28 February 2007

Flux and Opposites

I want to say more about MM's interpretation, but for today, here's a thought about flux and the unity of opposites.

It would seem that no interesting view results if either is asserted of some things only. It's not interesting to say that some things change (nor, pace Graham, that some things remain the same by changing); and it's not interesting to say that some things show (in some way) a unity of opposites.

One gets an interesting, metaphysical view, it seems, only when a claim is extended to everything--to cover being qua being, as it were. Now if we were to entertain thus extending one of these ideas, presumably our first choice should be the flux idea, since that is what the tradition reports.

So then the question becomes: on the supposition that Heraclitus held that "everything gives way, nothing remains the same", what work could the thesis of the unity of opposites be doing?

Now we might want to pause and call into question whether there is simply one thesis of the unity of opposites. That is, Heraclitus might be appealing to opposites for a variety of purposes, and it would be a mistake to assimilate them all together.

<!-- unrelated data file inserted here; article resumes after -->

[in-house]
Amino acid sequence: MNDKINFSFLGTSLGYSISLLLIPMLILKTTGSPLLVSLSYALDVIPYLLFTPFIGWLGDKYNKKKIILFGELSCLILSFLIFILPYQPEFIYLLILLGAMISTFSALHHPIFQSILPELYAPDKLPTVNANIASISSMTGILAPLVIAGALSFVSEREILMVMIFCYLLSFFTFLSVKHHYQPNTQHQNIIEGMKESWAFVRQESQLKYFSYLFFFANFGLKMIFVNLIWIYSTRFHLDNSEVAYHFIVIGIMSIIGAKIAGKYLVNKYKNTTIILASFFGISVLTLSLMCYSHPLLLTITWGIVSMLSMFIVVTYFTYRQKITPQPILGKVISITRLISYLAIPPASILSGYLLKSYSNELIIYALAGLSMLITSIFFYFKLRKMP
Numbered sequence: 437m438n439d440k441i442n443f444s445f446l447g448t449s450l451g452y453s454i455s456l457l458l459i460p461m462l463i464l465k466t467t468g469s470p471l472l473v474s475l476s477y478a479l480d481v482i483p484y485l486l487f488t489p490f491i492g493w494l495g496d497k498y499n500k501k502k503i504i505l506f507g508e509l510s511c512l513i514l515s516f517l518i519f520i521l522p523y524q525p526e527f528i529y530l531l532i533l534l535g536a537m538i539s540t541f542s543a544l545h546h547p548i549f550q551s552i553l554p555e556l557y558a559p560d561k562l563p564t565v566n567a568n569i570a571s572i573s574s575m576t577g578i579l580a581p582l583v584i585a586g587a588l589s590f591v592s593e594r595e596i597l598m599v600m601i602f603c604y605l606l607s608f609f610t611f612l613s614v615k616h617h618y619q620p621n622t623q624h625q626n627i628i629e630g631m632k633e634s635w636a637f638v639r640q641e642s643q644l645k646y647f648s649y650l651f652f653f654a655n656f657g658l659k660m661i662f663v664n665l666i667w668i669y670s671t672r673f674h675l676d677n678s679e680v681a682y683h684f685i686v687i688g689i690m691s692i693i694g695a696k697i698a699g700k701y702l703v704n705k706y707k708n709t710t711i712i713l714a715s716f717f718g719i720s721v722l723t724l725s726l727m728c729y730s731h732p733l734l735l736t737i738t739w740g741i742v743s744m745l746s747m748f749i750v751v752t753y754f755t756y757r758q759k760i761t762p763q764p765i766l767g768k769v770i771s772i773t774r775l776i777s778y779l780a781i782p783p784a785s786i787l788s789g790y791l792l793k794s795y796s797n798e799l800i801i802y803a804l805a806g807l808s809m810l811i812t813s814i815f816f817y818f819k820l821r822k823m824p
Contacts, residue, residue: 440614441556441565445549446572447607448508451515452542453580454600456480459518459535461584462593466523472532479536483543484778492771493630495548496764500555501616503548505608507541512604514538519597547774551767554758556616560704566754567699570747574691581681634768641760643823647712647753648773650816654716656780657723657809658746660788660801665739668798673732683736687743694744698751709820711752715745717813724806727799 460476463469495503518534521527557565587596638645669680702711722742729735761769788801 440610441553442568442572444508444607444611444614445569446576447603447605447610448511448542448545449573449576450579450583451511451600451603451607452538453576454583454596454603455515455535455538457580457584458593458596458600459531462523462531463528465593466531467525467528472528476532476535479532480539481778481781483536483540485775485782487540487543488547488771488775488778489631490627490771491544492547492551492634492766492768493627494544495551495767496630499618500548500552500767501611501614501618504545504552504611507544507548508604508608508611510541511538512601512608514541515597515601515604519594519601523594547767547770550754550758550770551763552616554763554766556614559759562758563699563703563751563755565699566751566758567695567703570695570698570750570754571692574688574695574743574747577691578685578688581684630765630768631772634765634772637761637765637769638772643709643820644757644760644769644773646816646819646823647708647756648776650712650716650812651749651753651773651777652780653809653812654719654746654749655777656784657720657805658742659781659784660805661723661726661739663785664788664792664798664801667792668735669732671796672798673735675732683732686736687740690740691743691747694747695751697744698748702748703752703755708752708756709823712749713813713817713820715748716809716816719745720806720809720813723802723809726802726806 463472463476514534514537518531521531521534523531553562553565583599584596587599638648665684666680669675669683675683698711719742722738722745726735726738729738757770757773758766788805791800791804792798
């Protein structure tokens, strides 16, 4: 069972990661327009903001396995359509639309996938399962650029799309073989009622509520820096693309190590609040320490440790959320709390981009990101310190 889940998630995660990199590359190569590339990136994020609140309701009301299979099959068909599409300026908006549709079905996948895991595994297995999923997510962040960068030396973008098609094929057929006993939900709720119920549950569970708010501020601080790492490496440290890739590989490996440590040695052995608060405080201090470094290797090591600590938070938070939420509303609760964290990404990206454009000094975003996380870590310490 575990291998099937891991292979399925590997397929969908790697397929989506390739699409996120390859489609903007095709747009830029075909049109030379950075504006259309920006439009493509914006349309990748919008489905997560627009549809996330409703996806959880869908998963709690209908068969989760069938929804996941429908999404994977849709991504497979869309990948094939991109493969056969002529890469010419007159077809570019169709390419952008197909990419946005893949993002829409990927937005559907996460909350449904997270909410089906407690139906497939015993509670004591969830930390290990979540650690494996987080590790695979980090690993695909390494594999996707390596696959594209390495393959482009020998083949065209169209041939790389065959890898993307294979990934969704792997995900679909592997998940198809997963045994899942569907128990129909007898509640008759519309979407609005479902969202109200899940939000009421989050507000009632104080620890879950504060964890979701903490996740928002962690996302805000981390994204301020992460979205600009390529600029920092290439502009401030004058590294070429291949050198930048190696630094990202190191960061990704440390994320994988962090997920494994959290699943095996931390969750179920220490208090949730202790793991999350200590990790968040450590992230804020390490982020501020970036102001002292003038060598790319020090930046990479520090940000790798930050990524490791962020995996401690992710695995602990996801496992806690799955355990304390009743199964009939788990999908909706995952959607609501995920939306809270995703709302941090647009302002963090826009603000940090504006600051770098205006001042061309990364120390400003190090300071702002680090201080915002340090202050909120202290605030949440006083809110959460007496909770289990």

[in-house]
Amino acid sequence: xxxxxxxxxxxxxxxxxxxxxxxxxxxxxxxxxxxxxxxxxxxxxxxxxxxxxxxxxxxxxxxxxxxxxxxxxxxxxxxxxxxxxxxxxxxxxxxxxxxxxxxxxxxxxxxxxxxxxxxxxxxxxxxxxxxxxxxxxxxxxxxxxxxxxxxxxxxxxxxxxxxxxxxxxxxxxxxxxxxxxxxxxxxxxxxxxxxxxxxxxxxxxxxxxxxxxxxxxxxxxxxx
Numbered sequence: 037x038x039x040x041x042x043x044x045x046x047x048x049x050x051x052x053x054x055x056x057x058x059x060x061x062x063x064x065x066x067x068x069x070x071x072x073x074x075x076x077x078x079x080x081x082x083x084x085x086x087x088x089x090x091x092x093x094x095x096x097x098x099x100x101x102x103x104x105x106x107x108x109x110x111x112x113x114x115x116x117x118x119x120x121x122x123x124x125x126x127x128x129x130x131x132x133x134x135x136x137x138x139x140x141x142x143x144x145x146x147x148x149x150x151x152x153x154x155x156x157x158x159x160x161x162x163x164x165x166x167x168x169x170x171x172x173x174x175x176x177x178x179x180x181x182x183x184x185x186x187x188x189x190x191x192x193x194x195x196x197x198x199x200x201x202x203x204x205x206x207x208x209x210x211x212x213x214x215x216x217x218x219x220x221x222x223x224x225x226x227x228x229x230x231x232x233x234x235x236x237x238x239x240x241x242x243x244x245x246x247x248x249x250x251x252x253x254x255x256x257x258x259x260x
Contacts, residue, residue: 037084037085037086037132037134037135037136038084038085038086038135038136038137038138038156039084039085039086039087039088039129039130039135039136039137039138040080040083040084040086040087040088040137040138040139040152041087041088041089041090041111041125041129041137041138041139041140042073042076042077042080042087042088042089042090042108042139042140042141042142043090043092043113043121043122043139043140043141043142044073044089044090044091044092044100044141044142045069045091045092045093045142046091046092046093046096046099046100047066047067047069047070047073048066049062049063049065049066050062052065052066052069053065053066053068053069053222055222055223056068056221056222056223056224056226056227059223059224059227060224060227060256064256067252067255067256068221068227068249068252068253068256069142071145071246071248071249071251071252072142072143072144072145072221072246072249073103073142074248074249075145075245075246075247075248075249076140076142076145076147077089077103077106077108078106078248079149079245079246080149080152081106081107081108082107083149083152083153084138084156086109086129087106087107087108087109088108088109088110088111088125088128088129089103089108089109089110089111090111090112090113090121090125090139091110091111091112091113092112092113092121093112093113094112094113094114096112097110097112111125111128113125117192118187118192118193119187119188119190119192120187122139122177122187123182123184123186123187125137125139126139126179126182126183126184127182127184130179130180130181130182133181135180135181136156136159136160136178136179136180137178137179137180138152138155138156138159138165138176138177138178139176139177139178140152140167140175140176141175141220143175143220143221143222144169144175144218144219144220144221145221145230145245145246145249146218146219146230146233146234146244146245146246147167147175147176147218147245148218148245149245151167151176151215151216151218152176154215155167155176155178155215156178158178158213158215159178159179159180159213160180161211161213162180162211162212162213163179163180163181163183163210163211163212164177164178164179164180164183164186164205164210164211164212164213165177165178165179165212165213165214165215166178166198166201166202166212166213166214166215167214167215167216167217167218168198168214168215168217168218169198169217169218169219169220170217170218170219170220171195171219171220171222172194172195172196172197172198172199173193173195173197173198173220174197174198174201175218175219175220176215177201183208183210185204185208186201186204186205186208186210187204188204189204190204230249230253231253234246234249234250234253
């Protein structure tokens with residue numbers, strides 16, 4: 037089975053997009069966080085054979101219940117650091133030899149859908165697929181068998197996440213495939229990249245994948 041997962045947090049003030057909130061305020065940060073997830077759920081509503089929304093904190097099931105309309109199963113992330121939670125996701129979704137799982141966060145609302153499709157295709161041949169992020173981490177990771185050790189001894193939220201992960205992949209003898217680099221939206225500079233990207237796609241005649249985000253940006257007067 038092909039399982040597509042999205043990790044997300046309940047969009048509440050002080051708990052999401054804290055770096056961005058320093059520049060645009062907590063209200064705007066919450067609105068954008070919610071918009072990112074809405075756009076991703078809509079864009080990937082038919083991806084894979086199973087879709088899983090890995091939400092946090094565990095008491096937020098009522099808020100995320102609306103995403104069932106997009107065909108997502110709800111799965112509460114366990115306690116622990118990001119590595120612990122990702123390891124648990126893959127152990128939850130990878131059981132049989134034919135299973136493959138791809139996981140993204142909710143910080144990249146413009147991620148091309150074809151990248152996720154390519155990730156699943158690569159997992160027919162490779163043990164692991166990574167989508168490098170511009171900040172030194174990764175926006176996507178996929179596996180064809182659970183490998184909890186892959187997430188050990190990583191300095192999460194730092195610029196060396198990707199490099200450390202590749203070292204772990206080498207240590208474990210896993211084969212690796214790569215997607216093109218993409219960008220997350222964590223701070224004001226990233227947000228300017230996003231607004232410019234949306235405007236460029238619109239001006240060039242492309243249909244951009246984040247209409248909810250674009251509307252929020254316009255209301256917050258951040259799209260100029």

For instance, one use: appeal to coexisting opposites as a confirming sign of change. Why? Because whatever changes, changes from F to something non-F, but if it were entirely F, or entirely non-F, it would not be changing. Thus: anything that shows coincident opposites is likely to be changing; change is the best explanation of this.

Another use: appeal to opposites to make it seem more likely that something that appears to be stable is in fact changing. For example: the wholesomeness or foulness of water depends upon the condition of the living thing in water; thus, although the quality of the water seems stable (quantity is admitted to be unstable), it is in fact exceedingly liable to change, as those living things are exceedingly liable to change. Again: the lyre and other structures are stable because they are composites, and composites are liable to change. (Admittedly in view of the tension of the parts they tend to equilibrium, yet precisely because of that they alter easily, through vibration, etc.)

Each of these lines of thought is a recognized topos after Heraclitus. (e.g. to_ de\ xrh&simon ou) diame/nei, a)ll' a1llote a1llo gi/netai. Aristotle, Nic Eth 1156a21-22, supposing that usefulness is a trait that a thing has only in relation to other things; ta_ de\ a1llot' a1llwj kai\ mhde/pote kata_ tau)ta&, tau~ta de\ su&nqeta, Plato, Phaed. 78c, supposing that composite things are more likely to alter and be dispersed.)

And I wonder if all of the appeals to opposites can't be sorted into kinds which correspondingly underwrite flux.